In this vein, I tackle in my report the question how to make the EU Human Rights Policy more coherent and systematic. At the moment, there are clear gaps and outright disregard in the EU policies and institutions concerning human rights protection. In my report I address these voids systematically and I look at how to make the EU actions more result-oriented in this field.
A key initiative of my report will be the programme of shelter cities. This is, in practice, a very effective way to protect human rights defenders. A person, who has been persecuted in his country for his views or ideas, will be offered safety in another country. This is important because we must understand the real nature of human rights defenders. Yes, they are oftentimes victims, but they are most often writers, artists, directors and free thinkers. Their work matters and we must enable them to continue their work. Simply removing them from the situation is victory for the oppressor who defies progress.
Very closely linked to this issue is my other proposal – swift delivery of urgency visas for human rights defenders who are at risk and in emergency situations.
Another key recommendation of the report is to create so called human rights focal points into the European Parliament, the European External Action Service and the EU Delegations abroad. It is vital to have such people in key positions in these institutions who have specific responsibilities in the field of human rights.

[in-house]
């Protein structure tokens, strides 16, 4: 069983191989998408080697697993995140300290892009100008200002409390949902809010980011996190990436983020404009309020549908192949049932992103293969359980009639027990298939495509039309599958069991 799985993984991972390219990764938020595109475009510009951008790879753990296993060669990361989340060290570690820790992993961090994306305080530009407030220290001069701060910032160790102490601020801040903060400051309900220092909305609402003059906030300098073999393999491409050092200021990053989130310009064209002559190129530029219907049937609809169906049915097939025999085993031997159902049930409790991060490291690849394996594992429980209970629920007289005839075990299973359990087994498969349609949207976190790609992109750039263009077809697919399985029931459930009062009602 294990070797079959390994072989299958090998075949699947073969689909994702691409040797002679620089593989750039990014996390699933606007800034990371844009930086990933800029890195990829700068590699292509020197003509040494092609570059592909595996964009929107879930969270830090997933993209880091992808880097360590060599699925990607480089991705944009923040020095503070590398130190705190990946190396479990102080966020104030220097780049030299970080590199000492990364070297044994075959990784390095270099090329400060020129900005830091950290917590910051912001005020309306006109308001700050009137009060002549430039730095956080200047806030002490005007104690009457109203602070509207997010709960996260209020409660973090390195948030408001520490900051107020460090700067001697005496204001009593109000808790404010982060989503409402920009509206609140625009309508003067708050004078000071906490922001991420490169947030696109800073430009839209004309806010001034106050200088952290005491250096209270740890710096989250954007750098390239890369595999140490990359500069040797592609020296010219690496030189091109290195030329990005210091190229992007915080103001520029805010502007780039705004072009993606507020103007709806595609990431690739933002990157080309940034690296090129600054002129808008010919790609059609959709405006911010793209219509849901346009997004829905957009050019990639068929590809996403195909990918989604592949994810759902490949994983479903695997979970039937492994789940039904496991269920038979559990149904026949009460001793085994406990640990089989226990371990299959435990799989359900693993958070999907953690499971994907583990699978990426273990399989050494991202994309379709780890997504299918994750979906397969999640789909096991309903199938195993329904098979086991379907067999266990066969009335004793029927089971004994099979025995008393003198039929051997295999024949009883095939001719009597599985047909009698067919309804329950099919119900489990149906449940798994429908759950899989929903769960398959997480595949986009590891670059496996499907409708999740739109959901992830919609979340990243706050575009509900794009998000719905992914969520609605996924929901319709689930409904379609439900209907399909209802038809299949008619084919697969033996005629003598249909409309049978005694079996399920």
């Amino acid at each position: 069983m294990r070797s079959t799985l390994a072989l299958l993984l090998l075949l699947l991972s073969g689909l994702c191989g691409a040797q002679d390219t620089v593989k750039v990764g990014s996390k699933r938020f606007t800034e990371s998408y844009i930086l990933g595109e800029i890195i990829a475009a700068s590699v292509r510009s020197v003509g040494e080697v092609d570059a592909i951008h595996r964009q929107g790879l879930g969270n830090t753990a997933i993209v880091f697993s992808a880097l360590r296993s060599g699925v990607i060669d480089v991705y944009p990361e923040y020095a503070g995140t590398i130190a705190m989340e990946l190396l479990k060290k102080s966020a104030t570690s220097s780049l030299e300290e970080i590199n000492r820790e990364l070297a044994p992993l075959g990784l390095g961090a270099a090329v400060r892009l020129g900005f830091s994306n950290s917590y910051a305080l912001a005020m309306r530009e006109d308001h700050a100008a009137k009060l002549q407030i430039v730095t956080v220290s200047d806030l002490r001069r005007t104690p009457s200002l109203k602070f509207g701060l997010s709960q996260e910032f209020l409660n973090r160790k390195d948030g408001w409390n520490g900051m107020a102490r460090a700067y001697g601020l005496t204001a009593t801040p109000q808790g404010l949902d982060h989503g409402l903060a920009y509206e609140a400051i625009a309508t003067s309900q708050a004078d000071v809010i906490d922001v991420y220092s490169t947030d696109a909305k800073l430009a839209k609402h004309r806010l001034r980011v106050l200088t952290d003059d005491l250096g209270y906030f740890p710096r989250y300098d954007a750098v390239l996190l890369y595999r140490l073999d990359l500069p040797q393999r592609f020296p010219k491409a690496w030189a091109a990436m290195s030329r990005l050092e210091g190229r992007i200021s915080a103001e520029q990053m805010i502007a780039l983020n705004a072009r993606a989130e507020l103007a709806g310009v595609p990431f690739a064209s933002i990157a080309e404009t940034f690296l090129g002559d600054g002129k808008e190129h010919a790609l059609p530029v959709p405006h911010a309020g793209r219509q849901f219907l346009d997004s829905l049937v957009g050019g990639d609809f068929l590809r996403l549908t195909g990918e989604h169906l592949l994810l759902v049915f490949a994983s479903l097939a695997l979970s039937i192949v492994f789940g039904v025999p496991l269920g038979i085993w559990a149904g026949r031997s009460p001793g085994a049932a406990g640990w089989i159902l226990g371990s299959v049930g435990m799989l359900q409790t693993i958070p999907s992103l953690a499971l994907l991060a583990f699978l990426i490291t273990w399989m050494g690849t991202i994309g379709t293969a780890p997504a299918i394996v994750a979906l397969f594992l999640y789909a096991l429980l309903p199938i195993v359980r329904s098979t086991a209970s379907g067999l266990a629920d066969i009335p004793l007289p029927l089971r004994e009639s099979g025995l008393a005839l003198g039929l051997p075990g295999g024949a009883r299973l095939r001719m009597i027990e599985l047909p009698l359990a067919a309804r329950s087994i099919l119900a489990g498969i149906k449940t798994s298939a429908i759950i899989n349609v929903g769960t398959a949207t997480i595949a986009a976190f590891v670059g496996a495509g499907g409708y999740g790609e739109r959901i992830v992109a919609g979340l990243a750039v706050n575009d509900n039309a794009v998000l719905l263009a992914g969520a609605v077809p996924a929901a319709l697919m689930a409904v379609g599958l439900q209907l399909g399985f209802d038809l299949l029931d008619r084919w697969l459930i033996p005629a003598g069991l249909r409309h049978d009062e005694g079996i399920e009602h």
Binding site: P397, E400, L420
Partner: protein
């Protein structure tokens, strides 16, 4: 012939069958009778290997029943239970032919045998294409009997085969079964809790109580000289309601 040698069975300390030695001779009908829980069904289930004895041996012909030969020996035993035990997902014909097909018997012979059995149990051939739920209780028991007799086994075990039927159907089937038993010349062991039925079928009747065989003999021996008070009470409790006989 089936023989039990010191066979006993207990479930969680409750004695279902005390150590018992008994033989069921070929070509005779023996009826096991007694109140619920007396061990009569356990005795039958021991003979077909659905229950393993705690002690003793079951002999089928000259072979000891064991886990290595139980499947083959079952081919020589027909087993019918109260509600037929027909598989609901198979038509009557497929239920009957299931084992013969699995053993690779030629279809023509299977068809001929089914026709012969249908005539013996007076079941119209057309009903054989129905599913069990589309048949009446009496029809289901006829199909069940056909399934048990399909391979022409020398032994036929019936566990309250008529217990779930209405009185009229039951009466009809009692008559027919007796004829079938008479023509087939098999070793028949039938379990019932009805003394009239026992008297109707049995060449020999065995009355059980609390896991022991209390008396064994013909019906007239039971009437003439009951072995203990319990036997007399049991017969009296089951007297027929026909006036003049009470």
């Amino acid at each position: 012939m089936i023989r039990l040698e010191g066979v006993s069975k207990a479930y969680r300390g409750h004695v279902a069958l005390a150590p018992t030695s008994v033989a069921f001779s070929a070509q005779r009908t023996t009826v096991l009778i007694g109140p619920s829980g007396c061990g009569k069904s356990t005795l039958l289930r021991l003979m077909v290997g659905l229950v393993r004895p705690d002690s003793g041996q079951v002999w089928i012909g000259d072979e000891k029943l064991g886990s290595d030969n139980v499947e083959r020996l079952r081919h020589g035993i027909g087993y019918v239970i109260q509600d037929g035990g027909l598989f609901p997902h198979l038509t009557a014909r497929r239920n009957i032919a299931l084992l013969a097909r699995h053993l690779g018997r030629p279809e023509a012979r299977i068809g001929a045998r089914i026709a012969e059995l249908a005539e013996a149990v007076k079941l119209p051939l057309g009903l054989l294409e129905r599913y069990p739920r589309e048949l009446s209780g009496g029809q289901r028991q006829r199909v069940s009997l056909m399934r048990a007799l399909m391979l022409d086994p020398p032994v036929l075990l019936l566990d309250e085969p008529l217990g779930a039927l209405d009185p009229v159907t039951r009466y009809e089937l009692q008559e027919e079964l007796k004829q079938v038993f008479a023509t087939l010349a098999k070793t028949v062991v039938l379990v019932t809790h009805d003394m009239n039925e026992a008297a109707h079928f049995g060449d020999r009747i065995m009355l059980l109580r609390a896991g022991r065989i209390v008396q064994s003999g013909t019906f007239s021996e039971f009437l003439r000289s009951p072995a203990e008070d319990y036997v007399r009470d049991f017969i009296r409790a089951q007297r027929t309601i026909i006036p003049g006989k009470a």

On another but related matter, much of the focus of the report is given to how the EU Delegations abroad could better implement the EU Guidelines on Human Rights Defenders. This is an area which has been widely discarded or downgraded in EU Delegations. I hear much varying stories of how human rights defenders have been turned away or ignored by the EU diplomats. It is imperative for the EU to get this finally right.
Our subcommittee had recently a public hearing on new media, surveillance and information technologies and human rights. We are sadly aware of how these tools have been abused to crack down the human rights activists and demonstrators in Iran. In its resolution on 10th of February, the European Parliament strongly condemned Iranian authorities for jamming and interfering international radio and TV networks. The Parliament also criticised certain international corporations, and notably Nokia-Siemens Networks, for providing the Iranian authorities with the necessary technology for censorship and surveillance, thereby assisting them in persecution and arrests of Iranian dissidents.
After this resolution, the Parliament has held several negotiations with Nokia-Siemens Networks about this matter. I am confident that we will reach better standards in this field.
Dear colleagues, I have told my colleagues at the Parliament that the adoption of the report on human rights defenders is only the beginning of our hard work. Many policies must still be developed, activities must be monitored, results analyzed. The EU still has a long way to go, but together with the civil society and human rights themselves, we can make a big difference for all those who put their safety and even lives on the line to defend the rights of others.